Palestine, May 27, (Pal Telegraph) - All of Amer Aliyan's hopes of rebuilding his life are placed in a carefully folded sheet in his wallet, a document that for the foreseeable future in Gaza is nothing but a worthless piece of paper.
"I'm waiting for the reconstruction, but I know it will take time," the 36-year-old says.
This is a gross understatement in the besieged and impoverished Gaza Strip where an Israeli blockade is preventing the rebuilding effort after the devastation caused by a brief but deadly war at the turn of the year.
Aliyan's house was one of several thousand destroyed during the massive 22-day onslaught unleashed by Israel on the Islamist Hamas-run Gaza in December in response to militant rocket and mortar fire from the enclave.
Since the end of the war, the unemployed dry cleaner has lived under canvas with his wife and five children in one of 93 tents set up on the outskirts of the Beit Lahiya refugee camp in northern Gaza.
The paper secreted inside his wallet is the official attestation that his home was destroyed, and it is a document that will entitle him to funds for rebuilding once the reconstruction starts.
But that is unlikely to begin any time soon, and until it does the thousands of Gazans who like Aliyan lost their homes in the war will just have to fend for themselves.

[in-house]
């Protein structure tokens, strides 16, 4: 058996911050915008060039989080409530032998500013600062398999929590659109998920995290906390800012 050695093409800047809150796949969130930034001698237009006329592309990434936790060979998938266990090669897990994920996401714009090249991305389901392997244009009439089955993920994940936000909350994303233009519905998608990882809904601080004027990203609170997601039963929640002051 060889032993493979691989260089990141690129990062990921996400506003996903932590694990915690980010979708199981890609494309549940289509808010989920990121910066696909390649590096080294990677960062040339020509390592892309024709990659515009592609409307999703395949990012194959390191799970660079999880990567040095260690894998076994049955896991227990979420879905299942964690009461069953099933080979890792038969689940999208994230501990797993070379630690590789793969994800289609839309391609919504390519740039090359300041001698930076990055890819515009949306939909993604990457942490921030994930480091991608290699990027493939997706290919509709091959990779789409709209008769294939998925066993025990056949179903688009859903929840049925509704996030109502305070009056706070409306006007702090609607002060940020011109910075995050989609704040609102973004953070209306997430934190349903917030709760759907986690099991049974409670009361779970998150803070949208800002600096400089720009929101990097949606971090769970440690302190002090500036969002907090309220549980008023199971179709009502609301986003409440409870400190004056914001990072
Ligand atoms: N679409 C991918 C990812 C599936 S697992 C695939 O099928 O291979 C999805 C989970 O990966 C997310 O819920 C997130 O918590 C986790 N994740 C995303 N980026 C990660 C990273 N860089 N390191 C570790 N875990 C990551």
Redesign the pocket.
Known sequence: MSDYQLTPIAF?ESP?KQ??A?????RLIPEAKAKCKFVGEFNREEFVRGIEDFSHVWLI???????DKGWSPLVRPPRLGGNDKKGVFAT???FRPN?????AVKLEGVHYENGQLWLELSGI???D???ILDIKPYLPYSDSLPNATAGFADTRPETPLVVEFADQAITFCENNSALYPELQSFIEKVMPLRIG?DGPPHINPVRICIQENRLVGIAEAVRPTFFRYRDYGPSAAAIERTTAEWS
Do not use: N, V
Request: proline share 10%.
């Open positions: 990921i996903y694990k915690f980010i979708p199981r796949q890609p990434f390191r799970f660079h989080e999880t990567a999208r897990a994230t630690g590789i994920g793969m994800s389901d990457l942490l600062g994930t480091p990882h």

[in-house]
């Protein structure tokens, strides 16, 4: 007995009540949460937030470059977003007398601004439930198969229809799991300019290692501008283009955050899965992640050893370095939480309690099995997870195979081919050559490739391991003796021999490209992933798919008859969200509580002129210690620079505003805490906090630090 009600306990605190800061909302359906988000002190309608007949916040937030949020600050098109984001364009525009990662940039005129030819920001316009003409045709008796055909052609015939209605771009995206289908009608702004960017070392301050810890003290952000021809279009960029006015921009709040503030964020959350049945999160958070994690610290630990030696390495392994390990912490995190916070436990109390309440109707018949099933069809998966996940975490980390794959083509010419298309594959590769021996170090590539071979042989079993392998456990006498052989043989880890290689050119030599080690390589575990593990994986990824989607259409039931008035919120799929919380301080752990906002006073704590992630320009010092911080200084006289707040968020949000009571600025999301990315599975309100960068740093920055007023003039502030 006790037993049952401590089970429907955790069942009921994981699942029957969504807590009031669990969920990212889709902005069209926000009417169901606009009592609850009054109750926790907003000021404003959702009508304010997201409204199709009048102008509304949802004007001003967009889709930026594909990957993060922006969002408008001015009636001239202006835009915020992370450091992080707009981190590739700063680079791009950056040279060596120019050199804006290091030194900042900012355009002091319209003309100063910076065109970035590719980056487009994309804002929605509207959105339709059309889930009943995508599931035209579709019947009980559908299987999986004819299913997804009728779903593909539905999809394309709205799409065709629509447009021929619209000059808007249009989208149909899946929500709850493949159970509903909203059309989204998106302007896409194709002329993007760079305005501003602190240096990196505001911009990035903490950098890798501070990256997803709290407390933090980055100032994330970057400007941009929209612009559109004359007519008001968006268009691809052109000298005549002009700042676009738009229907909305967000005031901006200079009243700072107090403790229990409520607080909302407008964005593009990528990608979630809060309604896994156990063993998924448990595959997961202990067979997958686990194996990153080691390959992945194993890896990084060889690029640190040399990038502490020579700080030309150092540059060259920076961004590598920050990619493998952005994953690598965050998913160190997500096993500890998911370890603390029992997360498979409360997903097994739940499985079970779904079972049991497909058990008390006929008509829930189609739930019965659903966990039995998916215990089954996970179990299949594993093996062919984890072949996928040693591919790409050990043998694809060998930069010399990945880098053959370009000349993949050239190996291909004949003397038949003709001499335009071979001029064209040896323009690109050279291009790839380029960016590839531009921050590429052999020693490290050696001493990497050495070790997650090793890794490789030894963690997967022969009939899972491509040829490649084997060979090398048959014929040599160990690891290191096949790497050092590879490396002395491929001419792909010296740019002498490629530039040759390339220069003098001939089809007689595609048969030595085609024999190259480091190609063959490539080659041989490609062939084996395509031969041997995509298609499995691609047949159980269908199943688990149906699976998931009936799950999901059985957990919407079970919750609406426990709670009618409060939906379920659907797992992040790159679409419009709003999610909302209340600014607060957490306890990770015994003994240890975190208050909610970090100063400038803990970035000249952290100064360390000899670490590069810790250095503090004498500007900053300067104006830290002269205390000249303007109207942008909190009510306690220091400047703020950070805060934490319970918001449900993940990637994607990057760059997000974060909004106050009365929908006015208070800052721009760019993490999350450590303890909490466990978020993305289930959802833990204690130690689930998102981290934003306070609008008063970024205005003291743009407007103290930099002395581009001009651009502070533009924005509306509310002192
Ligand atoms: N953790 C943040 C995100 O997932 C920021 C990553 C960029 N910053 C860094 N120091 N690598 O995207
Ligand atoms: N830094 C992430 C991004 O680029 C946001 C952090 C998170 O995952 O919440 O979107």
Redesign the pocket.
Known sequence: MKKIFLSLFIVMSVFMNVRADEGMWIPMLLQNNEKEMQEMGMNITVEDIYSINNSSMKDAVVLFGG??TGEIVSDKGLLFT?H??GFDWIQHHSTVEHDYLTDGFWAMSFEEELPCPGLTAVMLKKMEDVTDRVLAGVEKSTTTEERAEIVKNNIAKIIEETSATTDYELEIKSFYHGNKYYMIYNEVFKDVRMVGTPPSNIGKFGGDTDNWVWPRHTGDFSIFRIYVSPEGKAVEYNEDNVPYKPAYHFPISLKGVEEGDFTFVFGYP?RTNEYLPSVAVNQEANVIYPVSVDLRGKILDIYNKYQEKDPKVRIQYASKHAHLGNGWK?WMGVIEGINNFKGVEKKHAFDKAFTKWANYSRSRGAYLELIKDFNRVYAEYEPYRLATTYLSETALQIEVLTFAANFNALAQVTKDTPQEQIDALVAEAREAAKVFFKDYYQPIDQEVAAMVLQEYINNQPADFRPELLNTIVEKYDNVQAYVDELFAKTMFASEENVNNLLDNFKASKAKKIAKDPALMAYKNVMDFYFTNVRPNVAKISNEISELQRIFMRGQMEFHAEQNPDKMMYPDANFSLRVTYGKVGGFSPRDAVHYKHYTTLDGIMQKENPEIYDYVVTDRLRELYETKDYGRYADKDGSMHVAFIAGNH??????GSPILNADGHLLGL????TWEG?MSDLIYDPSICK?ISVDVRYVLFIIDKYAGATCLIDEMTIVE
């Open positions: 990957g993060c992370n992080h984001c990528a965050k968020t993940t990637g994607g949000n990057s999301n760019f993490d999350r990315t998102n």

Reconstruction is a non-event not because there is a lack of demand. Some 4,100 houses was destroyed during the war, as were 48 government buildings, 31 police stations and 20 mosques, among others.
Nor is it for lack of money -- in coffers worldwide sit a whopping 4.5 billion dollars that donors pledged to the Palestinians in March, most of it towards reconstruction in Gaza.
The rebuilding is not able to get under way because of the blockade Israel imposed on Gaza in June 2007 when Hamas, a group pledged to the destruction of the Jewish state, seized the enclave in a deadly takeover.
The billions of dollars in pledges remain where they are because the international community refuses to release the money directly to Hamas, branded as a terror organisation by Israel and much of the West.
The blockade, under which only essential humanitarian goods are allowed into the territory sandwiched between Israel and Egypt, means building materials stay on the outside, as Israel says they can also be used to make rockets.
In a bid to get around these restrictions, Gazans have dug dozens of tunnels under the border with Egypt that are used to bring in supplies, including construction materials such as cement, paint and wood.
The resulting trade is brisk, but limited and dangerous. The hastily dug tunnels often collapse, burying smugglers alive. The Israeli military still targets them in occasional bombing raids.
Because of the blockade the price of building materials has skyrocketed. A bag of cement now costs 220 shekels (56 dollars, 40 euros) compared with 20 shekels previously.
But the cement is of low quality, according to Hadj Salim who operates one of the tunnels, and it cannot be used to mix construction-grade concrete.
Other vital materials such as the steel rods used to reinforce concrete in buildings are too long to fit through the tunnels, Salim says.
With construction at a standstill, the newly homeless residents of the Gaza Strip where the vast majority of the 1.5 million population depends on foreign aid have had to make do.
By Djallal Malti